Arriving to the clinic, it was immediately apparent that there was a gaggle of patients sitting outside waiting to see us, quite a few more then the day before, and we knew it was going to be a busy day. Thankfully, though, everyone was up to the challenge given they all had the prior day under the belts and now knew the system here. We were again going to be seeing patients from both the children’s village as well as the local village of Oldeani. By late morning, the residents had plowed through a significant number of the patients and by the time they were ready for us at the dining room for lunch, the bulk of the patients had already been seen, leaving a rather small number for the afternoon and making it very likely we’d finish up with enough time to make it for our dinner date at the African Galleria.
Lunch was again an amazing affair of wonderful dishes that included quesadillas made with chapati and peppers that tasted very much like jalapenos, but weren’t as spicy as I thought they might be. There were refried beans and salad and fruit again. We still had to pick up the things we had set aside yesterday at the duka, but the person we needed to pay hadn’t gotten in yet, so we decided to knock off the last group of patients first and then pick up our things and pay afterwards. The residents chose to divide and conquer with each grabbing several charts and digging in for the final push. After each team had finished their patients, they went to the duka on their own to pay for things which probably worked out better so we didn’t overwhelm the duka with all of our purchases at once.
Unfortunately, a young patient’s chart had somehow fallen out of the queue and even though everyone had finished their allotted charts with an early departure imminent, there was no way for us not to see this last patient as it would have been a hardship for to have had to return or come to FAME. Cara and Dr. Anne were incredibly good sports about it, though what was initially billed as a follow up epilepsy patient just needing a refill of her meds, instead turned into a rather social mess as it turned out that the young girl was doing well on her meds when her mother picked them up, but not so when her mother failed to get them. Initially, there was a concern that it was somehow a financial issue, but that was not the case as the medications were actually provided by the clinic since they lived in the catchment area meaning that it was really an issue of another matter in that her mother was just remiss at picking up her daughter’s refills and there was no clear reason this was happening. It wasn’t really a medical issue, but rather up to the social workers or the clinic to find out what the issue was and why her mother was getting to clinic for the refills.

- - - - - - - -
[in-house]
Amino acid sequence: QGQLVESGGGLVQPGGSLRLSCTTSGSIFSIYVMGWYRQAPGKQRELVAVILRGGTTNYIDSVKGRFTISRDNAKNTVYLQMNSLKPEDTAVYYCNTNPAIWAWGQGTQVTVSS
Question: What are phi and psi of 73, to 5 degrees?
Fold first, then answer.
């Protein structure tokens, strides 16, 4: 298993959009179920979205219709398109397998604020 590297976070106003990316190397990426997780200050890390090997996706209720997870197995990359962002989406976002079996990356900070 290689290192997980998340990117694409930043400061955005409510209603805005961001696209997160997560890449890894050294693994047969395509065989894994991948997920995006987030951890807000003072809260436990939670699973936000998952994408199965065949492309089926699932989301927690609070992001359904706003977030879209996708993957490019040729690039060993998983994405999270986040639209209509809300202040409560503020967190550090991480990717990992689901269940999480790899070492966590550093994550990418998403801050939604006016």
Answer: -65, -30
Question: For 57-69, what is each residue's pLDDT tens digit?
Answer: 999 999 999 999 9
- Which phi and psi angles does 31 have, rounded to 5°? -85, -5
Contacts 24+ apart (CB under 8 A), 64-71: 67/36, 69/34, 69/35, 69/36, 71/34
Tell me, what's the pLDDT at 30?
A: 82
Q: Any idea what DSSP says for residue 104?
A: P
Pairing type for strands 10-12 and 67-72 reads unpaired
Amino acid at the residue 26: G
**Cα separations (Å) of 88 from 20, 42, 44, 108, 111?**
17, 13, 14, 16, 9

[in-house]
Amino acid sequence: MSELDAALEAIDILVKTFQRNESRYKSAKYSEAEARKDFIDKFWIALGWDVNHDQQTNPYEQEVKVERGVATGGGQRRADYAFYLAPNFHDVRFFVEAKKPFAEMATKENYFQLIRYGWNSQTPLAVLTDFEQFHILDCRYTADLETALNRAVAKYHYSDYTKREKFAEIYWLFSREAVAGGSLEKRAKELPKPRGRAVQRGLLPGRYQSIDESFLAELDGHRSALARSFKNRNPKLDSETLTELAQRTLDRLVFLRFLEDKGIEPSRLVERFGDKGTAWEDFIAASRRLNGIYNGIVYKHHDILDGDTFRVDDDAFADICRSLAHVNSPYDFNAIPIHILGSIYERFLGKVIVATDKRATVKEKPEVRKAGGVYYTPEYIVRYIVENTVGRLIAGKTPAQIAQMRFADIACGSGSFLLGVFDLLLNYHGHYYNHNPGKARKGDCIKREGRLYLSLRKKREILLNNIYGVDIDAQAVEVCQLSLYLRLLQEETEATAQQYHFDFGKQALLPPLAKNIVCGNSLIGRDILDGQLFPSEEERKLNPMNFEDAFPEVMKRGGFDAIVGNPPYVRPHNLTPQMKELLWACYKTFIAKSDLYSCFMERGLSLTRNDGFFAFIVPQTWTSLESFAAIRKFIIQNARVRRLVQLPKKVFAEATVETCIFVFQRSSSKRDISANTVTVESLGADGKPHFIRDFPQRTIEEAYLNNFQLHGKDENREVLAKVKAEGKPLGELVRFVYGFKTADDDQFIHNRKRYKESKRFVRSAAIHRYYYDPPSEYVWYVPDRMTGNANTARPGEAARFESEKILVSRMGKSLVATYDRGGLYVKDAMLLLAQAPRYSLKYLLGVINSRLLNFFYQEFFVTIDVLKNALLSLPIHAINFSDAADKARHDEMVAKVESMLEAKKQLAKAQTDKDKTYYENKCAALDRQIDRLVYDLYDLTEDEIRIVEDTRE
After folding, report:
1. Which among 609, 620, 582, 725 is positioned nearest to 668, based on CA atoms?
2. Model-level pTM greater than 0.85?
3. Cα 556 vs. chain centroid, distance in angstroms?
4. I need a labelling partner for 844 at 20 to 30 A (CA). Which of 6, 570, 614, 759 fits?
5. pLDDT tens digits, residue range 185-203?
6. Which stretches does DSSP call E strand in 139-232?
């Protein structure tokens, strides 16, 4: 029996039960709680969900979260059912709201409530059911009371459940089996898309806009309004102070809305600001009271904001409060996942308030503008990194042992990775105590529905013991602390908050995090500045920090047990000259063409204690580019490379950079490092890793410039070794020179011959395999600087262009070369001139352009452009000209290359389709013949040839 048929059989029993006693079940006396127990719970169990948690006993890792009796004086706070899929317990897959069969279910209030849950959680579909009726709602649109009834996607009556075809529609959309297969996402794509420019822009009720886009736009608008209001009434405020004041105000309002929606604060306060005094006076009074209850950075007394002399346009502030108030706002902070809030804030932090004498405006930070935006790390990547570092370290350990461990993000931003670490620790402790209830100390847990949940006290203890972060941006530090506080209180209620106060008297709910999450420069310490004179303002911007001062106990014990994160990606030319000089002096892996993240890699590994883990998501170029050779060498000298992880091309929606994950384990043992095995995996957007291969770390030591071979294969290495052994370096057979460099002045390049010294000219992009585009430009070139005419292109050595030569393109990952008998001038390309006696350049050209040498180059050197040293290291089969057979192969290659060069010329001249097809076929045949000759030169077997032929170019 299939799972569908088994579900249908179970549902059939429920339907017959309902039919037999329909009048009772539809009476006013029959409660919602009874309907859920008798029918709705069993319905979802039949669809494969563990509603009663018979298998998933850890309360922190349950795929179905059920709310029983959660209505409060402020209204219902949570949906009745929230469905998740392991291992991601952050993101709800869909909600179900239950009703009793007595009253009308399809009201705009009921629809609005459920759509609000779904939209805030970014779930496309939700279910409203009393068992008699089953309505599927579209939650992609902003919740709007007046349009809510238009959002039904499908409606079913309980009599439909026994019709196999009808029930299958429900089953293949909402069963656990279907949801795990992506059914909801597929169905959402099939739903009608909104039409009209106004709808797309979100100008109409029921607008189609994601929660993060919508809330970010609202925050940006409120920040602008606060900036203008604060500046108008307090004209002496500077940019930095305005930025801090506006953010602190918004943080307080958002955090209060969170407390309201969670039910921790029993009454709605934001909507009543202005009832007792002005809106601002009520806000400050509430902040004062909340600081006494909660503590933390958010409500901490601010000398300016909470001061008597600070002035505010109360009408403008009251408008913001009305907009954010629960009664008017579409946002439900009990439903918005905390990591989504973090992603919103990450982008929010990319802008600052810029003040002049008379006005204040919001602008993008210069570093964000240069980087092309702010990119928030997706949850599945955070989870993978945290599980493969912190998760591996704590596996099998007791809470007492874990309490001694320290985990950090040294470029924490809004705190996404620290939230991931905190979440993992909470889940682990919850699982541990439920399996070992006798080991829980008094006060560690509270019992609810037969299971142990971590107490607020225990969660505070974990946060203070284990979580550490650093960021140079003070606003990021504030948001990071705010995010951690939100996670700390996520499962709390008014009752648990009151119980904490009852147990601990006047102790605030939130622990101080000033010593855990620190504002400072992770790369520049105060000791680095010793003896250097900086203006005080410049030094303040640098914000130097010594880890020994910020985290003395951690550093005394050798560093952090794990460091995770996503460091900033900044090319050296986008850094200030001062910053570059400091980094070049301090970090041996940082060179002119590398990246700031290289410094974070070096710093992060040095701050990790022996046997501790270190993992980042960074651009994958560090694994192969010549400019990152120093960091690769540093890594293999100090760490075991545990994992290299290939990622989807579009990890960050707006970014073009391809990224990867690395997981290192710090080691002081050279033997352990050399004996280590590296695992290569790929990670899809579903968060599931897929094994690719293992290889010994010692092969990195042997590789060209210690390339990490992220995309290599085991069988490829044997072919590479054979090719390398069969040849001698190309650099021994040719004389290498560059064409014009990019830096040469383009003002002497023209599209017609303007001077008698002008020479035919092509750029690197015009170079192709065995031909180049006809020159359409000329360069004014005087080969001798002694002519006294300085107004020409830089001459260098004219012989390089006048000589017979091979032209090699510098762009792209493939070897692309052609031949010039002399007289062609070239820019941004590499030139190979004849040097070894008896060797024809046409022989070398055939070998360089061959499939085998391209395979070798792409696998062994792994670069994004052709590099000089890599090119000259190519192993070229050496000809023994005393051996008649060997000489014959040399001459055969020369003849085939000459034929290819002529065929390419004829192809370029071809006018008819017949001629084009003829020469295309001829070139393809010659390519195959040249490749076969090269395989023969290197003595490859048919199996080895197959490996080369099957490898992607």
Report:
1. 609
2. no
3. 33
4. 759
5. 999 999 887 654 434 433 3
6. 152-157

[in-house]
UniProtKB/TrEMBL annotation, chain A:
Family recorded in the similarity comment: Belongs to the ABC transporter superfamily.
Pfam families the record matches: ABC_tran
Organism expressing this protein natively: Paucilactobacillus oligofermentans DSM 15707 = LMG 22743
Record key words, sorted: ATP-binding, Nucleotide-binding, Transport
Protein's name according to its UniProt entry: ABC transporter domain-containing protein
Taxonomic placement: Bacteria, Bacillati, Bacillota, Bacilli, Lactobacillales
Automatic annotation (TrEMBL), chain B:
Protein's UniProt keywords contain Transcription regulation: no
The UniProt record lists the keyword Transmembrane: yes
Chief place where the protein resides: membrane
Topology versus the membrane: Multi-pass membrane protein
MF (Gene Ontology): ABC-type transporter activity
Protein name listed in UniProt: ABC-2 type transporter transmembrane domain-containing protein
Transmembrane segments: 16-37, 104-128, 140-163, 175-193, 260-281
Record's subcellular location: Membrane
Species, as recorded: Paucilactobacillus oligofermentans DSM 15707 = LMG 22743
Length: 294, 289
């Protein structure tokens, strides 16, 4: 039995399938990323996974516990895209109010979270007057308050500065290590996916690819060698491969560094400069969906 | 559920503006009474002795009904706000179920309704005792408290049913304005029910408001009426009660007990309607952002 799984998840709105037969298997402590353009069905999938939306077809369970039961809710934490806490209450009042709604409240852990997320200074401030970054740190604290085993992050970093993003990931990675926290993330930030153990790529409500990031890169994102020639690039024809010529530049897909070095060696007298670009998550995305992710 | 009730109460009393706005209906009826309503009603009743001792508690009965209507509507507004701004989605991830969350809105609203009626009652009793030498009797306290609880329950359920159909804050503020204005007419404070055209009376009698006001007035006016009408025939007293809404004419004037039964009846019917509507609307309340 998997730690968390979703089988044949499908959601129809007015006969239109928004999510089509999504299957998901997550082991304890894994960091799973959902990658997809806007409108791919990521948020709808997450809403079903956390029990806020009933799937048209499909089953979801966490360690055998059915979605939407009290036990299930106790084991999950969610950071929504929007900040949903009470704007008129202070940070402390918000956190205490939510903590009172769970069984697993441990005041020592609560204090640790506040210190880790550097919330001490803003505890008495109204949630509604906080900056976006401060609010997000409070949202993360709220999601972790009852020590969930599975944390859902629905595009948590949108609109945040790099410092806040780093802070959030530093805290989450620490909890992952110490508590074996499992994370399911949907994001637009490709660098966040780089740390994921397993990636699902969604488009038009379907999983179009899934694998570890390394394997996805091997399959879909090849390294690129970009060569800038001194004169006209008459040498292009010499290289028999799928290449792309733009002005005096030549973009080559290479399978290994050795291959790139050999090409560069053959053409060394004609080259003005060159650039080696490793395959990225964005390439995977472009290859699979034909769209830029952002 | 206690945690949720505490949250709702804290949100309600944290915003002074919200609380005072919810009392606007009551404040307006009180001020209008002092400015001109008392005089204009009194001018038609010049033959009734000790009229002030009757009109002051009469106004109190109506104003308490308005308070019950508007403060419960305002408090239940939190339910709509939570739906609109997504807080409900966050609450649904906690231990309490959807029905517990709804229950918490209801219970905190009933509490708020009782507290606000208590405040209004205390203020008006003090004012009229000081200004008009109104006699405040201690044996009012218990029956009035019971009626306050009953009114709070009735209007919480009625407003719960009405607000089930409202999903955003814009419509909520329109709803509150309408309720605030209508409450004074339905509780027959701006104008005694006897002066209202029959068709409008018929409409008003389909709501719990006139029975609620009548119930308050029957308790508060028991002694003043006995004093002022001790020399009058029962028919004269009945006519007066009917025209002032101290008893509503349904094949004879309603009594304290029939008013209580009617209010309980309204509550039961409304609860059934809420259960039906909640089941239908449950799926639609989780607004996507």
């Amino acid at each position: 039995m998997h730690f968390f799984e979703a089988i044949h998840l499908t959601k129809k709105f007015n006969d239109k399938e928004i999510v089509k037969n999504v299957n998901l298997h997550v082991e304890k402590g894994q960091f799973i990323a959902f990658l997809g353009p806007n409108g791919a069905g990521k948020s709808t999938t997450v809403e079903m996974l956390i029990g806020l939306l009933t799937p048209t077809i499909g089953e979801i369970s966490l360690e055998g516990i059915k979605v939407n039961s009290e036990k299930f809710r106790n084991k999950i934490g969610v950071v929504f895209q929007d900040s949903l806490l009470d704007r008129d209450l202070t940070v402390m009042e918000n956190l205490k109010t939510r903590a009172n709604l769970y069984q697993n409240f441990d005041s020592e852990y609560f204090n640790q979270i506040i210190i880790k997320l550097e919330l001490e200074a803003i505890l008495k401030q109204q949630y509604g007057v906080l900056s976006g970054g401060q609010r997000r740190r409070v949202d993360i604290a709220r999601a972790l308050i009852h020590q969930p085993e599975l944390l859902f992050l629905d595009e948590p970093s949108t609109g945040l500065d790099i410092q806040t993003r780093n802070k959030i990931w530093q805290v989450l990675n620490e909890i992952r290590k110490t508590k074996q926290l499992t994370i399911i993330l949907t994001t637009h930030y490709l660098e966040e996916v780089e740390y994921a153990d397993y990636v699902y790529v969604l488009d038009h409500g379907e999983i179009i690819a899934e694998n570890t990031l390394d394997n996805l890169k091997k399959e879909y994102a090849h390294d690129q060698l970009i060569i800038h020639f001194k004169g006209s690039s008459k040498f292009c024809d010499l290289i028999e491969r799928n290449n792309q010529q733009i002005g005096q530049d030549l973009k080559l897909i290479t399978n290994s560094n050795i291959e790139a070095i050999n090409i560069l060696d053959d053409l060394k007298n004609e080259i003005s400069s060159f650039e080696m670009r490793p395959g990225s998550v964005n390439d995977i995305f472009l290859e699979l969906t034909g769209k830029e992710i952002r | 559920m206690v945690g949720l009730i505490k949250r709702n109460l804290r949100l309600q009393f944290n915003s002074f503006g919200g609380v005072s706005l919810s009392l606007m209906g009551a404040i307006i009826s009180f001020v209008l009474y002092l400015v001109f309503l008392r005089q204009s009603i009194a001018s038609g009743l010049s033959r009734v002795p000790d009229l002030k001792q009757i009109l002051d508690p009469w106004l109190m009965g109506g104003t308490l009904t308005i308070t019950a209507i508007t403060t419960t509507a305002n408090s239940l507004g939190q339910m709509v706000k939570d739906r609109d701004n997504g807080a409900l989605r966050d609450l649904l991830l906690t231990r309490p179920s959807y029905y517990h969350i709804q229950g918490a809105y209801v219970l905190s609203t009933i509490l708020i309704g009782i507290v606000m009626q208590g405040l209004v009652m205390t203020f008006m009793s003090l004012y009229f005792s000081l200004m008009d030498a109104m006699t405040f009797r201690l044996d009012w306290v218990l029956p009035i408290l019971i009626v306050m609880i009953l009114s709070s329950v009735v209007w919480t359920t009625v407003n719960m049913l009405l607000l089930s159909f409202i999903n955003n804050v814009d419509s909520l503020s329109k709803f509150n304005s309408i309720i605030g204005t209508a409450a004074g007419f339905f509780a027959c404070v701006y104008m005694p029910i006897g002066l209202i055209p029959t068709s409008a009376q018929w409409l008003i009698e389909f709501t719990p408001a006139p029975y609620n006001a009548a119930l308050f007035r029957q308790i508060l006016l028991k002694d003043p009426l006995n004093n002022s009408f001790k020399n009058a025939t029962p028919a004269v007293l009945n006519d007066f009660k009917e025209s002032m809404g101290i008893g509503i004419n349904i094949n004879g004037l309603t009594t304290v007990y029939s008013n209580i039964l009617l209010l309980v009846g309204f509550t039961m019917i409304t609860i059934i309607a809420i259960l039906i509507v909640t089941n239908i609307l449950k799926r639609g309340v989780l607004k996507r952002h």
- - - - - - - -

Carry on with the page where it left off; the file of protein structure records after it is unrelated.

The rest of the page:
In the end, we finished up early enough, but still later than we had wished and we started back towards Karatu, having another lovely drive by the same route home we had taken yesterday. After dropping Joel (our nurse/pharmacy tech) and Prosper, our volunteer coordinator who had accompanied us to the village to take photos, we left town driving directly to the African Galleria where our friend, Nish, was waiting to have dinner with us in his restaurant, Ol’ Mesara, which he opened just at the beginning of the pandemic (talk about bad luck with timing), but since then has turned into one of the premier dining spots in the Karatu area and well worth the drive to Manyara for dinner.
The dishes at Ol’ Mesara are mostly traditional and family recipes that he and his mother worked on. I will have to admit that the pumpkin soup and the cheese samosas are to die for, though the rest of the menu is also simply amazing. The short rib nyama choma (barbecue) and grilled chicken breasts are also pretty incredible. Everyone went shopping before dinner while Nish and I sat at the bar having drinks until everyone was ready to sit down and eat. The food was incredible, but equally so were the cocktails, with the Dawa (medicine) and the Rumbling Mountain being our two favorites.
Tomorrow we would be back at FAME for clinic for one day and then leaving for the Serengeti on Friday. The first group’s trip was now half over, but there was still lots to accomplish.